“The Target” by David Baldacci. The President knows it’s a perilous, high-risk assignment. If he gives the order, he has the opportunity to take down a global menace, once and for all. If the mission fails, he would face certain impeachment, and the threats against the nation would multiply. So the president turns to the one team that can pull off the impossible: Will Robie and his partner, Jessica Reel. April 22

“Gone Girl” by Gillian Flynn. Un-putdownable novel about a marriage gone terribly, terribly wrong. Book coming in paperback April 22. Movie coming to theaters everywhere Oct. 3. And Breaking news! [1/10/14] Gillian Flynn re-writes ending for the movie adaptation. The news report here. Bonus Gillian Flynn year! One of her earlier books, “Dark Places: A Novel” is also coming out as a movie this year.

“Natchez Burning: A Penn Cage Novel” by Greg Iles. The bestselling author returns with his most eagerly anticipated novel yet and his first in five years. This first installment in an epic trilogy interweaves crimes, lies, and secrets past and present in a mesmerizing thriller that features Southern lawyer and former prosecutor Penn Cage. Tense and disturbing, it is the most explosive, exciting, sexy, and ambitious story Greg Iles has written yet. April 29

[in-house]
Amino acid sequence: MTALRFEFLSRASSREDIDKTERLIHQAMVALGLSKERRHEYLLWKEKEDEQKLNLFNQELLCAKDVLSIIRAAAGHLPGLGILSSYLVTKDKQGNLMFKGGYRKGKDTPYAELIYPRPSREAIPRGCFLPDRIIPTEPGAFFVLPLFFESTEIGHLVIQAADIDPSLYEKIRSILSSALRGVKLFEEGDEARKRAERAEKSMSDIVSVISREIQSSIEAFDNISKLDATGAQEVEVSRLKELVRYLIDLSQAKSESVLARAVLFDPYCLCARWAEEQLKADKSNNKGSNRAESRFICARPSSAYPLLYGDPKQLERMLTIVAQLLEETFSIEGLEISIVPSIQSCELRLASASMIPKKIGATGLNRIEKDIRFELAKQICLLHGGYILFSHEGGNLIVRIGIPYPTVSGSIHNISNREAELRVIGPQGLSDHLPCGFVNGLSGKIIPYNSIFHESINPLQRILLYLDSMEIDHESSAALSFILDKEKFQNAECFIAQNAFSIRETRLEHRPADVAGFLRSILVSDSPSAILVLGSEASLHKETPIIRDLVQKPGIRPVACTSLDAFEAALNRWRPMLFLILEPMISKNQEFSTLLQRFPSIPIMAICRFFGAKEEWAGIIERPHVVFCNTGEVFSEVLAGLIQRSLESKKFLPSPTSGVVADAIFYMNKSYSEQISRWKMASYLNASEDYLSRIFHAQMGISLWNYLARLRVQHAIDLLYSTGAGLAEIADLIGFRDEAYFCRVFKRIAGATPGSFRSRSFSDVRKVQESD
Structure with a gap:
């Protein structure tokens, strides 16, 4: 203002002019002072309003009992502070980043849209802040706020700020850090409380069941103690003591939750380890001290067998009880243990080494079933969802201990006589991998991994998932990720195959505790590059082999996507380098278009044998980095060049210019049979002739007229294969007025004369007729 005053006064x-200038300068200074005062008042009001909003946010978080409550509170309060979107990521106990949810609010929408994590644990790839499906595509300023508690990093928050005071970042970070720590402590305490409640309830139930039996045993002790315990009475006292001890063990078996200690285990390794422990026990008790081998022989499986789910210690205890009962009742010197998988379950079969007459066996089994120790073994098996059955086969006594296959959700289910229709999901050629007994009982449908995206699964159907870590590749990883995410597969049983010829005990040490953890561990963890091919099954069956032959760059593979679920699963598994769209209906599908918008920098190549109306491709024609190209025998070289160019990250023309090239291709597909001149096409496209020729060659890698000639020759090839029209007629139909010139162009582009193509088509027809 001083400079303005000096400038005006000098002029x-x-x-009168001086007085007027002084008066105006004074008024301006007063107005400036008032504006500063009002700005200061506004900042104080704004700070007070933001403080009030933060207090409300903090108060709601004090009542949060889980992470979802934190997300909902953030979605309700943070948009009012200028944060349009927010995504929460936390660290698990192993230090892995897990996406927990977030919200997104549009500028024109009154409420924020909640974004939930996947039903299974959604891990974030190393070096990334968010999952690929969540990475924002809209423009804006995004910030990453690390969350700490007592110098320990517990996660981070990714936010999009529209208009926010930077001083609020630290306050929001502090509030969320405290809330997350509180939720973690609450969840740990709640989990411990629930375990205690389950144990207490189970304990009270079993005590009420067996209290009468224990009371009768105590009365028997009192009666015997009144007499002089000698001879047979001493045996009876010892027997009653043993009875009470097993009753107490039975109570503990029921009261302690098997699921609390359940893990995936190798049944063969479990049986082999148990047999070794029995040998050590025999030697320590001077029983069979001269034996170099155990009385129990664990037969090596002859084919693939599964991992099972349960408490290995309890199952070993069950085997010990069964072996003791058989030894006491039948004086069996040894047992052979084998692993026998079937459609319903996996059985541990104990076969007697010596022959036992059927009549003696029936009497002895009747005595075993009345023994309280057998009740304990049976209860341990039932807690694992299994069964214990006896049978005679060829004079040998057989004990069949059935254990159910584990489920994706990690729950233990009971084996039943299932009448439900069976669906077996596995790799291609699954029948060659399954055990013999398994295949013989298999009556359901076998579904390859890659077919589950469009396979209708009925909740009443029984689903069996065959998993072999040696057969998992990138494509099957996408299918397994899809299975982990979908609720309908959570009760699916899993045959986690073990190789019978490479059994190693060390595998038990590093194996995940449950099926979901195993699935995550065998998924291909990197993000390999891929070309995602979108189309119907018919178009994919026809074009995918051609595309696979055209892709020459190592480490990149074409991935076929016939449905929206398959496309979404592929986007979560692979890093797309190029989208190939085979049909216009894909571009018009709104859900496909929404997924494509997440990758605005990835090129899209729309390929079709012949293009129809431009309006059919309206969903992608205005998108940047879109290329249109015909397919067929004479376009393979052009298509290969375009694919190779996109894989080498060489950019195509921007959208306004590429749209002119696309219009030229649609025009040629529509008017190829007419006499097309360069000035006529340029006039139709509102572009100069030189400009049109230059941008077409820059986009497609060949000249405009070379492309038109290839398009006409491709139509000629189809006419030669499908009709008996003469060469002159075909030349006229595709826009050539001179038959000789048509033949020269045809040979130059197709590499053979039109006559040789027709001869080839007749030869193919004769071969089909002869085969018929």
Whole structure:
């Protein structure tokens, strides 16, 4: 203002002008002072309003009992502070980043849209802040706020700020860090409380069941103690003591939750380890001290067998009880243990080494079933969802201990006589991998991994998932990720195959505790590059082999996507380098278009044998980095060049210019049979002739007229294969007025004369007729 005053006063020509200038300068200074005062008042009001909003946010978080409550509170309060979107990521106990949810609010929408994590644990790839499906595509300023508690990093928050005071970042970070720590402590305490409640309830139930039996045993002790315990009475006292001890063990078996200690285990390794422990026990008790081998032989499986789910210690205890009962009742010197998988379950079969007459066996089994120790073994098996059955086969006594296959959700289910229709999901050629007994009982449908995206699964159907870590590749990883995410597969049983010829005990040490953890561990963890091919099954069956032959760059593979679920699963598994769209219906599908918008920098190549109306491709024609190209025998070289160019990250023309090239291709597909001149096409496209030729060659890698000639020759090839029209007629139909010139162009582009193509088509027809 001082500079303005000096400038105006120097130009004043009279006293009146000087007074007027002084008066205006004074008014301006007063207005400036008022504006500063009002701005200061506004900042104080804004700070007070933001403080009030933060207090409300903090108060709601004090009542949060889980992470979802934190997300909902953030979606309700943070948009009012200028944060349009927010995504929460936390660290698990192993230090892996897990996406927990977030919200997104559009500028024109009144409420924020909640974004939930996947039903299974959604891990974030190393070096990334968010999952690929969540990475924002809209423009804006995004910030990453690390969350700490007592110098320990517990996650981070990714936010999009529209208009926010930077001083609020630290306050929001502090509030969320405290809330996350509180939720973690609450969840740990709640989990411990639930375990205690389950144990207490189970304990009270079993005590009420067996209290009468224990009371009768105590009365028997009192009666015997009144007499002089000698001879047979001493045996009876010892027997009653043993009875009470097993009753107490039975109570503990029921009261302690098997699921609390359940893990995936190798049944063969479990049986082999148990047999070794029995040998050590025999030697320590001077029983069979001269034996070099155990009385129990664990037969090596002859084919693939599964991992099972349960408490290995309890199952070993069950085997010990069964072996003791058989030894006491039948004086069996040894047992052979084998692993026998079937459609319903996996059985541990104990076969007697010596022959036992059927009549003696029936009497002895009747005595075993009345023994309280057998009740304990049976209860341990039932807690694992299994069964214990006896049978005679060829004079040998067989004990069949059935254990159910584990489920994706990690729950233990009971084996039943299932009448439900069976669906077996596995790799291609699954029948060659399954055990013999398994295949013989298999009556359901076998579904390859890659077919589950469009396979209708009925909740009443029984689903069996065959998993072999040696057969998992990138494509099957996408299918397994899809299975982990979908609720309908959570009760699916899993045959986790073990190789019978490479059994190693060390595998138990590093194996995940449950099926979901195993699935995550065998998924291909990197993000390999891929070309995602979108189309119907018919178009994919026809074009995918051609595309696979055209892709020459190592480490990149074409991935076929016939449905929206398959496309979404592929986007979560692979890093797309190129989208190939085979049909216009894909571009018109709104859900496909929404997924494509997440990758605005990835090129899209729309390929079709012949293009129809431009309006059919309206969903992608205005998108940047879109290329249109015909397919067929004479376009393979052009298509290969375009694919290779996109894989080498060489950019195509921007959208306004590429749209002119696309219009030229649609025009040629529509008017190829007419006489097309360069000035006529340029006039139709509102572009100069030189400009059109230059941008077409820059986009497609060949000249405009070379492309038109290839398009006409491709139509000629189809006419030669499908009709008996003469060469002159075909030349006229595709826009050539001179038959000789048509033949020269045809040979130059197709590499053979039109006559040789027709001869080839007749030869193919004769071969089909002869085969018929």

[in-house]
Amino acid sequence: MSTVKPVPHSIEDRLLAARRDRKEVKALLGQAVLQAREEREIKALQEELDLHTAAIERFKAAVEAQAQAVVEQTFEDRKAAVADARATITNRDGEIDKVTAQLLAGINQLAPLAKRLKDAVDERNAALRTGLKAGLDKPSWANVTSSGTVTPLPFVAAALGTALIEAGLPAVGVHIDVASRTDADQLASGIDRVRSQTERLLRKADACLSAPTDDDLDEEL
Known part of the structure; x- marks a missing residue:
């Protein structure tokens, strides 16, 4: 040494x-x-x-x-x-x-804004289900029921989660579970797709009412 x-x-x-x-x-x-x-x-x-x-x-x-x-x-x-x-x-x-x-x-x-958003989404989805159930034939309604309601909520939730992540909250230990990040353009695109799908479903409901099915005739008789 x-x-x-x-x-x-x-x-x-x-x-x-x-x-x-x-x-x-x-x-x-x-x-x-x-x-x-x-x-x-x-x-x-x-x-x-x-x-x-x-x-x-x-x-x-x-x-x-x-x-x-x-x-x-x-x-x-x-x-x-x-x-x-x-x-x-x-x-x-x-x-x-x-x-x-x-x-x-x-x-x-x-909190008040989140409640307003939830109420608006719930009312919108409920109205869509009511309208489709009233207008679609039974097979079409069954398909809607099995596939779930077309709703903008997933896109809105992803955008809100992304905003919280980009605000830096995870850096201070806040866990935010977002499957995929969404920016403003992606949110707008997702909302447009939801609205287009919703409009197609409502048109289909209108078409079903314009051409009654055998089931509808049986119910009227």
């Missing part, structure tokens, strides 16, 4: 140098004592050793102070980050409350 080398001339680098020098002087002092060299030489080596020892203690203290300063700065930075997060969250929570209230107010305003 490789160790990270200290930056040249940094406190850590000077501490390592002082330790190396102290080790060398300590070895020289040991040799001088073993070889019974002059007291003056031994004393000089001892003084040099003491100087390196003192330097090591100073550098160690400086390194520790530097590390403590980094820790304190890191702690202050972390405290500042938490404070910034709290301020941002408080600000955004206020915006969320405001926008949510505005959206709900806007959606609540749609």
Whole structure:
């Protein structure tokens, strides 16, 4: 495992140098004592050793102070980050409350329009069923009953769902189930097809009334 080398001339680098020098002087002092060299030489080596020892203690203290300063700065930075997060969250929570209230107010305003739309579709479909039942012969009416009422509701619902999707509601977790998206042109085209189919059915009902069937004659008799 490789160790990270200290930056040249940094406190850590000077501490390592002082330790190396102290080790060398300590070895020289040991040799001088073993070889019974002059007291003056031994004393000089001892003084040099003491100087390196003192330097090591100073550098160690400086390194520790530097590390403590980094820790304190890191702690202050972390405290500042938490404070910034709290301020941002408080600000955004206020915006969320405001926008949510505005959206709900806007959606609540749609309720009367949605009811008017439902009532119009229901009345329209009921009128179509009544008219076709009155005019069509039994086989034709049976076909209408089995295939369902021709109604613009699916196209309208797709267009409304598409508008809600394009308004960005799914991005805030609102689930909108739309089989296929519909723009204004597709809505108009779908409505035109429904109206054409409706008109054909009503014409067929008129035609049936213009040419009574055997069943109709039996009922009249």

As always, check our website for all the latest in book news.

Happy reading!

– By Elaine Mattson

Edmonds native Elaine Mattson has worked at The Edmonds Bookshop off and on since she was 12 years old, and has also worked at a book wholesaler, a book publisher, and for the book publishing division of a large local software company (yes, that one). “I was raised a book lover [thanks, Mom!],” Mattson says. “We got book lights by our beds as soon as we were old enough to read. And then I probably got in trouble for reading too late the very next night. And I still read too late!”